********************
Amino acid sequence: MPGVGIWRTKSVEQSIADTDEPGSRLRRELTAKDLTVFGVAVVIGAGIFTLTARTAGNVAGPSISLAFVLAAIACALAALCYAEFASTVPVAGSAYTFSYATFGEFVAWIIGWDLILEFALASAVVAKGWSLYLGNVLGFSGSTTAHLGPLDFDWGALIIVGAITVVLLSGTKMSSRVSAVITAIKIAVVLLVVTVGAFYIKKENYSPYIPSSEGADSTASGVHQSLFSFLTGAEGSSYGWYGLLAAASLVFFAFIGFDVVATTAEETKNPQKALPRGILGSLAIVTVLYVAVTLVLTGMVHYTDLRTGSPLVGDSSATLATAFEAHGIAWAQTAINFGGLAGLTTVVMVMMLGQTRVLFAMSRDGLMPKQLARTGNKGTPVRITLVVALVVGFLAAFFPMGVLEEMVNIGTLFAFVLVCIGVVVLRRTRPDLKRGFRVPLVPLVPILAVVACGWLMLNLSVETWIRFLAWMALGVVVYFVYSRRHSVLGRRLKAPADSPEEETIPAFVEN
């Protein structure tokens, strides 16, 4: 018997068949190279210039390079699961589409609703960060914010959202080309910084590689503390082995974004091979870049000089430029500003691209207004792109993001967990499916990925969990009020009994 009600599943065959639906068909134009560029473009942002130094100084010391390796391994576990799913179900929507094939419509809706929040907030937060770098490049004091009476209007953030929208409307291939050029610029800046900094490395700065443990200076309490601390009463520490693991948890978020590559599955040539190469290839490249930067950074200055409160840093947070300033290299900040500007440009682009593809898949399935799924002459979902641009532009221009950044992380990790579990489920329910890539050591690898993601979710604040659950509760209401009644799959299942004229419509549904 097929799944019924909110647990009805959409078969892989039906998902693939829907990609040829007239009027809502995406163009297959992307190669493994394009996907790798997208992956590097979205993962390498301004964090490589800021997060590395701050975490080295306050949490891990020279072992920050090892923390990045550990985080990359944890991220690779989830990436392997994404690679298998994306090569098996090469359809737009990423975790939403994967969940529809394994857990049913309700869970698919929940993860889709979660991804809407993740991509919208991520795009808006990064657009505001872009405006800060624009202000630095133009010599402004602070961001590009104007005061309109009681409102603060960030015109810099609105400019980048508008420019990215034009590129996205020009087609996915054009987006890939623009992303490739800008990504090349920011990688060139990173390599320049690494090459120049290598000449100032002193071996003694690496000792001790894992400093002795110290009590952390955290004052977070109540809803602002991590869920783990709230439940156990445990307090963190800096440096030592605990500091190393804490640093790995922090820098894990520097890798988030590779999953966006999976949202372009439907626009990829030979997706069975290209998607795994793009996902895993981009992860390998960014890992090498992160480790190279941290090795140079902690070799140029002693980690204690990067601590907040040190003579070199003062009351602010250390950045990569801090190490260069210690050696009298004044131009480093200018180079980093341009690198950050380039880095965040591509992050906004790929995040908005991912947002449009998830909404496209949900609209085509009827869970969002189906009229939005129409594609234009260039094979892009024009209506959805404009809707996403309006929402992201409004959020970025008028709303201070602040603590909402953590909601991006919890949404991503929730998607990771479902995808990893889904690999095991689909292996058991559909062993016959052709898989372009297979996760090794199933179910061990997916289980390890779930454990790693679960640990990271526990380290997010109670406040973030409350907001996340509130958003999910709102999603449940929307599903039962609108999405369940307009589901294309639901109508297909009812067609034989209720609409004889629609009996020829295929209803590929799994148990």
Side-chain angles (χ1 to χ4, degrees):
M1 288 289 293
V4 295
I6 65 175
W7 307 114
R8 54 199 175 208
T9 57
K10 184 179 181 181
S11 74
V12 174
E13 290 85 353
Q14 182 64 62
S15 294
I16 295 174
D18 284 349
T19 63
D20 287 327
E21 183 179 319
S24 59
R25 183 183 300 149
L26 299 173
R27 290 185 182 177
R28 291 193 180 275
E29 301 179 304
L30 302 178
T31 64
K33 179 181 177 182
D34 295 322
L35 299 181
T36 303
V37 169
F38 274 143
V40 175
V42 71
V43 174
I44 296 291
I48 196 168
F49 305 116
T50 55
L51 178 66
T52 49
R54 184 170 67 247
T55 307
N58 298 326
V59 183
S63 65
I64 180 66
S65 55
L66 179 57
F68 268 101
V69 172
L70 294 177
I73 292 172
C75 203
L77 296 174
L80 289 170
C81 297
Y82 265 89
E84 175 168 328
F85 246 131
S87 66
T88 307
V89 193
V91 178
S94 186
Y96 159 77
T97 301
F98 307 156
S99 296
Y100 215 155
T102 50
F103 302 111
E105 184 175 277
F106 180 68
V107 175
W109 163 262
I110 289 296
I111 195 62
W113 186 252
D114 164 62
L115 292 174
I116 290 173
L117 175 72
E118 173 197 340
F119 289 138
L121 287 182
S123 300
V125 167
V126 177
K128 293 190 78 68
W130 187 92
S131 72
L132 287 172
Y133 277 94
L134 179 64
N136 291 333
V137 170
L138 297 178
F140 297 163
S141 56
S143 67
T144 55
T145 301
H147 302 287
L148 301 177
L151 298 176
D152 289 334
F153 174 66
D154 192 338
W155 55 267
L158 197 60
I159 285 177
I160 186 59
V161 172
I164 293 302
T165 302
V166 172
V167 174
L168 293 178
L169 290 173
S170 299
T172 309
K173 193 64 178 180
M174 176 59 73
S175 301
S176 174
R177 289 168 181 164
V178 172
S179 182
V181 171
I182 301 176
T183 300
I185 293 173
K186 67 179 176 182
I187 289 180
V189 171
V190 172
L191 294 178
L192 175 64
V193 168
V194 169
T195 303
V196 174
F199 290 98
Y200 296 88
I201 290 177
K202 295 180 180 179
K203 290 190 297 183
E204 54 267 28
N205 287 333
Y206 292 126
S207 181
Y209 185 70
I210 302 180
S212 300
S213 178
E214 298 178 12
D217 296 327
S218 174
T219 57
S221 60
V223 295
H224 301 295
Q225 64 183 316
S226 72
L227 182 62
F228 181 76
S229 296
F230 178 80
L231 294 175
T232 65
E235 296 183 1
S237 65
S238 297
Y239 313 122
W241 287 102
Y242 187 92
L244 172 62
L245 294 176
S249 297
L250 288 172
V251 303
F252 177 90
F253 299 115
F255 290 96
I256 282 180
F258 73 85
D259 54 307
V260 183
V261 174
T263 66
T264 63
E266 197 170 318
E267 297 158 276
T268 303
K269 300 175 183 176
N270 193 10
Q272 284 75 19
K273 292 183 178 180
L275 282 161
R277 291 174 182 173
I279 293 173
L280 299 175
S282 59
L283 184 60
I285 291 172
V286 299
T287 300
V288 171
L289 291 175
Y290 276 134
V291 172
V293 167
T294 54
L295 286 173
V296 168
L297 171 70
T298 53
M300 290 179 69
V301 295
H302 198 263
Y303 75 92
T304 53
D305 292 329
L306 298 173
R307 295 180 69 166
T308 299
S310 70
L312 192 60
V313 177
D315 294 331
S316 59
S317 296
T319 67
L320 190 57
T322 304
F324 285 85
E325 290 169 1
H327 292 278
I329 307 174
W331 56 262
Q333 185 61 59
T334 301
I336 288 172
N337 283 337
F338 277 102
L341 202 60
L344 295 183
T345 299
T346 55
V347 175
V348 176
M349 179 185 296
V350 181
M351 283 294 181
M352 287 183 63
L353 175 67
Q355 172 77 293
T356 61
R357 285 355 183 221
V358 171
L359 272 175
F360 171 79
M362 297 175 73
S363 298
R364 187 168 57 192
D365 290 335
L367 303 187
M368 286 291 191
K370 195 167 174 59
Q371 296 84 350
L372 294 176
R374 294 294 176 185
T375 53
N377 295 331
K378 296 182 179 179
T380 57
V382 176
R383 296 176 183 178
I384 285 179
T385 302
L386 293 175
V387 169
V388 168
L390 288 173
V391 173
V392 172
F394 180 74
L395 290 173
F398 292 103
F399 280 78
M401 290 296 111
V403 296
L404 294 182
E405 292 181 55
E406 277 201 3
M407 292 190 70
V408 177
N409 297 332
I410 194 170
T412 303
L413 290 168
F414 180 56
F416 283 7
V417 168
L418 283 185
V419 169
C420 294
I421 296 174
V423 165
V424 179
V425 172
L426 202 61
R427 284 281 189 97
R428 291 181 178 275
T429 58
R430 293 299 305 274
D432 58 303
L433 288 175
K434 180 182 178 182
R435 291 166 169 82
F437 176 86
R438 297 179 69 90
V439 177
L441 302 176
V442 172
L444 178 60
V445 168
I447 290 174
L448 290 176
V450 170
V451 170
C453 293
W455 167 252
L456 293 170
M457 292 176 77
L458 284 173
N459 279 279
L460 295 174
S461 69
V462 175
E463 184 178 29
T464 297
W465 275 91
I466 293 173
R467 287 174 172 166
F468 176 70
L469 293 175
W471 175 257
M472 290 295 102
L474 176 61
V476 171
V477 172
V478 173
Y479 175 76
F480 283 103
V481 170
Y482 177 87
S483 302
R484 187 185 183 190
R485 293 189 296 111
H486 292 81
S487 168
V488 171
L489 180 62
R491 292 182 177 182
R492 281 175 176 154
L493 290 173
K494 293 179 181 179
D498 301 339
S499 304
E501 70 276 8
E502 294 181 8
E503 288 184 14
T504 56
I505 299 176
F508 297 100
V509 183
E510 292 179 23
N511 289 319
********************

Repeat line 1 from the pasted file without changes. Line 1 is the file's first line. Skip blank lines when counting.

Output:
Amino acid sequence: MPGVGIWRTKSVEQSIADTDEPGSRLRRELTAKDLTVFGVAVVIGAGIFTLTARTAGNVAGPSISLAFVLAAIACALAALCYAEFASTVPVAGSAYTFSYATFGEFVAWIIGWDLILEFALASAVVAKGWSLYLGNVLGFSGSTTAHLGPLDFDWGALIIVGAITVVLLSGTKMSSRVSAVITAIKIAVVLLVVTVGAFYIKKENYSPYIPSSEGADSTASGVHQSLFSFLTGAEGSSYGWYGLLAAASLVFFAFIGFDVVATTAEETKNPQKALPRGILGSLAIVTVLYVAVTLVLTGMVHYTDLRTGSPLVGDSSATLATAFEAHGIAWAQTAINFGGLAGLTTVVMVMMLGQTRVLFAMSRDGLMPKQLARTGNKGTPVRITLVVALVVGFLAAFFPMGVLEEMVNIGTLFAFVLVCIGVVVLRRTRPDLKRGFRVPLVPLVPILAVVACGWLMLNLSVETWIRFLAWMALGVVVYFVYSRRHSVLGRRLKAPADSPEEETIPAFVEN